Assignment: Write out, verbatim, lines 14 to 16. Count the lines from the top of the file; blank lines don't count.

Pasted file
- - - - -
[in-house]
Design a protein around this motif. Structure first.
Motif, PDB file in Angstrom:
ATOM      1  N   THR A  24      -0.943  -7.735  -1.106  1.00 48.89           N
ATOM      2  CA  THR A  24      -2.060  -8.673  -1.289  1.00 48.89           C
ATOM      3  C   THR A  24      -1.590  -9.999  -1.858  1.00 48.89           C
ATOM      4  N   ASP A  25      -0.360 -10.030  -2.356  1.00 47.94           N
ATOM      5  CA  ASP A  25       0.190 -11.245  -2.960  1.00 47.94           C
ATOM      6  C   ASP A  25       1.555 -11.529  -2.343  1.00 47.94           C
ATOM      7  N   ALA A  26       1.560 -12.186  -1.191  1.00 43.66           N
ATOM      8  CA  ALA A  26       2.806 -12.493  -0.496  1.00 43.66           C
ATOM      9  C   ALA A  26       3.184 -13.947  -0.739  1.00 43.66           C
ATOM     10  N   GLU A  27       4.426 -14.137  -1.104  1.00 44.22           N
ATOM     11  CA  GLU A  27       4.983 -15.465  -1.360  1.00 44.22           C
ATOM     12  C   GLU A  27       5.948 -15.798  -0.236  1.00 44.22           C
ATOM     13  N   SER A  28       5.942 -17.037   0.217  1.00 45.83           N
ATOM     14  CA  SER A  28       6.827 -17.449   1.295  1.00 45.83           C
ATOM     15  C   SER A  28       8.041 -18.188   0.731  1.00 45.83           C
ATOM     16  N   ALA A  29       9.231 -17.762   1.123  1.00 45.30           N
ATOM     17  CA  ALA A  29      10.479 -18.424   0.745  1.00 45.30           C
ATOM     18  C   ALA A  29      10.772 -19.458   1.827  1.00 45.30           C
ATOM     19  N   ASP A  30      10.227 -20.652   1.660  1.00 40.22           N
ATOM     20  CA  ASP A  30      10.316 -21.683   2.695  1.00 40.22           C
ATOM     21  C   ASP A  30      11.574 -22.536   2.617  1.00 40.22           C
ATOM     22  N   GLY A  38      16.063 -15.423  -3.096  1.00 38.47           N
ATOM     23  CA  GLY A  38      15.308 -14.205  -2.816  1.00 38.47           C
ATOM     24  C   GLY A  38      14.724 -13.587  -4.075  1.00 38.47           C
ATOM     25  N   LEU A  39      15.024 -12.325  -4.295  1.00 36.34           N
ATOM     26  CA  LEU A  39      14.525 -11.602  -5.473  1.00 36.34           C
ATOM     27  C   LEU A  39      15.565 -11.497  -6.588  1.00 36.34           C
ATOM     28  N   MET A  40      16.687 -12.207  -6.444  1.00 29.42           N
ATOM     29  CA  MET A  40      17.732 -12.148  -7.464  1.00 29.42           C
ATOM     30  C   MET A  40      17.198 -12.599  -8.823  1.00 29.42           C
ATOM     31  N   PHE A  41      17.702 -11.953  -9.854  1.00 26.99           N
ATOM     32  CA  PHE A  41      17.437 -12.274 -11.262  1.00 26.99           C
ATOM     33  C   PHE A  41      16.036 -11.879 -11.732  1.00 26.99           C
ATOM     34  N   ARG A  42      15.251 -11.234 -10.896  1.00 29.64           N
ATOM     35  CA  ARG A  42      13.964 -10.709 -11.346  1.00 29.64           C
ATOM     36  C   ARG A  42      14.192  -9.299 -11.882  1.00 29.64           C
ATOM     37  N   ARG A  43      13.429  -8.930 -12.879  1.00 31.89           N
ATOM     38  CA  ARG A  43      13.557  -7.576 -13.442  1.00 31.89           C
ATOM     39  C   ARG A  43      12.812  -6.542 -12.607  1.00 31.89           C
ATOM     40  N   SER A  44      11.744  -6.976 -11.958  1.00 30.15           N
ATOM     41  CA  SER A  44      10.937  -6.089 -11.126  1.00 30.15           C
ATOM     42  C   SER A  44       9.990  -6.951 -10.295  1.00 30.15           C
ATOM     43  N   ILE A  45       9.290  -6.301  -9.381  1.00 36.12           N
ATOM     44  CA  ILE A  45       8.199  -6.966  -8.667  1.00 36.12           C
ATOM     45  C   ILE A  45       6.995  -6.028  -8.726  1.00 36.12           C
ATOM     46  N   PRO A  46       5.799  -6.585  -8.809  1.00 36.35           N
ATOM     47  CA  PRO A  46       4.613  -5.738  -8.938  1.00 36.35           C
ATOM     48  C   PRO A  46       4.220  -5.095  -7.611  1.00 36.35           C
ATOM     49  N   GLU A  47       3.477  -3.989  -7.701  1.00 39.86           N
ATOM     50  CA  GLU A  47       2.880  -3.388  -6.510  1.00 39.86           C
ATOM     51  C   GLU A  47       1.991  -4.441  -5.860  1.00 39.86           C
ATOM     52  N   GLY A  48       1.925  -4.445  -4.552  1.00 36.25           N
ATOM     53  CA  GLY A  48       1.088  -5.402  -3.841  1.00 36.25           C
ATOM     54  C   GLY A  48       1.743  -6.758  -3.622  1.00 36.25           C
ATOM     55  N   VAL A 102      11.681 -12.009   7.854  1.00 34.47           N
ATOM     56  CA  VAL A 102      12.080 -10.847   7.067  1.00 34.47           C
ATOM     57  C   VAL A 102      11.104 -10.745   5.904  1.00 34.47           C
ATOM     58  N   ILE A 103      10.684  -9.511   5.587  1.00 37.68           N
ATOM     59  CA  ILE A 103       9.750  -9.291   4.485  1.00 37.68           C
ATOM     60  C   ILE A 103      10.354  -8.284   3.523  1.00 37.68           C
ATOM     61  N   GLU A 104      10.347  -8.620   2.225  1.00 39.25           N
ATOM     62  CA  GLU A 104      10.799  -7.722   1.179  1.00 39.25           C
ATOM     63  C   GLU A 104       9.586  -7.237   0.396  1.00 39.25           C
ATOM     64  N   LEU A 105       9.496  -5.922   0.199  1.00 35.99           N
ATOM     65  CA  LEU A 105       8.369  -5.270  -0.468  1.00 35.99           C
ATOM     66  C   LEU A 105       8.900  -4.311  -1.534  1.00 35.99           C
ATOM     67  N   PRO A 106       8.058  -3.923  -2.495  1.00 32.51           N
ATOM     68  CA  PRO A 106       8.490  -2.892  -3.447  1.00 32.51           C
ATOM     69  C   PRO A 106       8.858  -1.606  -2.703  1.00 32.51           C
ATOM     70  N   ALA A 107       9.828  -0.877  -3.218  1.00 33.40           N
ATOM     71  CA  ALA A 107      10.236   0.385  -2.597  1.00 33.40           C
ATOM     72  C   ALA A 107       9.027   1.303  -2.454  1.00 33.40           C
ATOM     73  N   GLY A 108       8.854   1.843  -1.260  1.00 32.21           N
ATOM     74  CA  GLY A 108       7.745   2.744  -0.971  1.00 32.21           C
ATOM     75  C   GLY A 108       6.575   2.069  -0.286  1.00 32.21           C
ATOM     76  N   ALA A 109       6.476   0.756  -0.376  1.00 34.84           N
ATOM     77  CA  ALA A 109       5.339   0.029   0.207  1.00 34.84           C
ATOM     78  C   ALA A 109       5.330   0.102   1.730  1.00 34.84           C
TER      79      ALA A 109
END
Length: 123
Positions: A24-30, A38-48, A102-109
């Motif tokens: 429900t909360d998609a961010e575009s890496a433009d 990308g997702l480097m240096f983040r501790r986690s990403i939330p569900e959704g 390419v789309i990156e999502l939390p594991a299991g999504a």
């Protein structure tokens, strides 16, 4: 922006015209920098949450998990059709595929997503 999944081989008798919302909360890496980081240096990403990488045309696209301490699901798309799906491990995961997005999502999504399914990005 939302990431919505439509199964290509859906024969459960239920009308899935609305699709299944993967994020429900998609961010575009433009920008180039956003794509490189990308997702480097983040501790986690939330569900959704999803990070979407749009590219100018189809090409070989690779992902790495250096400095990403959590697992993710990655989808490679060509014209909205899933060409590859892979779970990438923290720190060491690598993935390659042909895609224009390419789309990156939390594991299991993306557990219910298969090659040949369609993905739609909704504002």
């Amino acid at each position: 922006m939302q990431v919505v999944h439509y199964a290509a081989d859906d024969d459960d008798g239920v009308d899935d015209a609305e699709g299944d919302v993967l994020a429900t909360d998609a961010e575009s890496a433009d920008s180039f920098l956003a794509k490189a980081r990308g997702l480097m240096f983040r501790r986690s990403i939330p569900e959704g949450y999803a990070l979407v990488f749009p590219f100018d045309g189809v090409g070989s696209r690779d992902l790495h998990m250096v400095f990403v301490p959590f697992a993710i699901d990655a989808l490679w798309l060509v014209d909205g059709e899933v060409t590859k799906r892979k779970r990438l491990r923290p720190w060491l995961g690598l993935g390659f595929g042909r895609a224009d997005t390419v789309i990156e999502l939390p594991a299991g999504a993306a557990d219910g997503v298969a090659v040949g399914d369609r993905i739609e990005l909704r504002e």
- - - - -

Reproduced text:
ATOM     11  CA  GLU A  27       4.983 -15.465  -1.360  1.00 44.22           C
ATOM     12  C   GLU A  27       5.948 -15.798  -0.236  1.00 44.22           C
ATOM     13  N   SER A  28       5.942 -17.037   0.217  1.00 45.83           N